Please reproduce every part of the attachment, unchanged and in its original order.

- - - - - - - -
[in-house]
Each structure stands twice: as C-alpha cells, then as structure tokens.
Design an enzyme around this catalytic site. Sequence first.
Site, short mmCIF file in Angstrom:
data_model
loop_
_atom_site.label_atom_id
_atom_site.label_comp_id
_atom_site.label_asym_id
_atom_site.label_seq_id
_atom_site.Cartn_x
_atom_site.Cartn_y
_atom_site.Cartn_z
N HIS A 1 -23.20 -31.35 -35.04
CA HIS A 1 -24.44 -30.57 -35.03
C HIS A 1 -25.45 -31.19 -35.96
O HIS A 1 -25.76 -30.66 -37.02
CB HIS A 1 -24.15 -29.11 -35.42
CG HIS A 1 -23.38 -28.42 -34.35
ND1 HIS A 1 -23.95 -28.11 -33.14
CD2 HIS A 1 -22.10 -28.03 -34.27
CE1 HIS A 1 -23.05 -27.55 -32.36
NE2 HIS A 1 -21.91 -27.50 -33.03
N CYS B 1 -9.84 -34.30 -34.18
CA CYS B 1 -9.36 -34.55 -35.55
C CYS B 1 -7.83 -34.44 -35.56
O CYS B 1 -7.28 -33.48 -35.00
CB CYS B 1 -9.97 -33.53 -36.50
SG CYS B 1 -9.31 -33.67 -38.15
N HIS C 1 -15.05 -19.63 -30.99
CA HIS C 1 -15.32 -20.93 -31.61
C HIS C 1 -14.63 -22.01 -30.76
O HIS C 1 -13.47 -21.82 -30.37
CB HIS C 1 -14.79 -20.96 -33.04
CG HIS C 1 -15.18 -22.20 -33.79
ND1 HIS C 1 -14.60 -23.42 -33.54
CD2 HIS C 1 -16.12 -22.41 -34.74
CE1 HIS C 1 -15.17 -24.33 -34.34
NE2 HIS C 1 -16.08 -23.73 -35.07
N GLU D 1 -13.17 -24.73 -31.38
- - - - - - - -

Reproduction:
[in-house]
Each structure stands twice: as C-alpha cells, then as structure tokens.
Design an enzyme around this catalytic site. Sequence first.
Site, short mmCIF file in Angstrom:
data_model
loop_
_atom_site.label_atom_id
_atom_site.label_comp_id
_atom_site.label_asym_id
_atom_site.label_seq_id
_atom_site.Cartn_x
_atom_site.Cartn_y
_atom_site.Cartn_z
N HIS A 1 -23.20 -31.35 -35.04
CA HIS A 1 -24.44 -30.57 -35.03
C HIS A 1 -25.45 -31.19 -35.96
O HIS A 1 -25.76 -30.66 -37.02
CB HIS A 1 -24.15 -29.11 -35.42
CG HIS A 1 -23.38 -28.42 -34.35
ND1 HIS A 1 -23.95 -28.11 -33.14
CD2 HIS A 1 -22.10 -28.03 -34.27
CE1 HIS A 1 -23.05 -27.55 -32.36
NE2 HIS A 1 -21.91 -27.50 -33.03
N CYS B 1 -9.84 -34.30 -34.18
CA CYS B 1 -9.36 -34.55 -35.55
C CYS B 1 -7.83 -34.44 -35.56
O CYS B 1 -7.28 -33.48 -35.00
CB CYS B 1 -9.97 -33.53 -36.50
SG CYS B 1 -9.31 -33.67 -38.15
N HIS C 1 -15.05 -19.63 -30.99
CA HIS C 1 -15.32 -20.93 -31.61
C HIS C 1 -14.63 -22.01 -30.76
O HIS C 1 -13.47 -21.82 -30.37
CB HIS C 1 -14.79 -20.96 -33.04
CG HIS C 1 -15.18 -22.20 -33.79
ND1 HIS C 1 -14.60 -23.42 -33.54
CD2 HIS C 1 -16.12 -22.41 -34.74
CE1 HIS C 1 -15.17 -24.33 -34.34
NE2 HIS C 1 -16.08 -23.73 -35.07
N GLU D 1 -13.17 -24.73 -31.38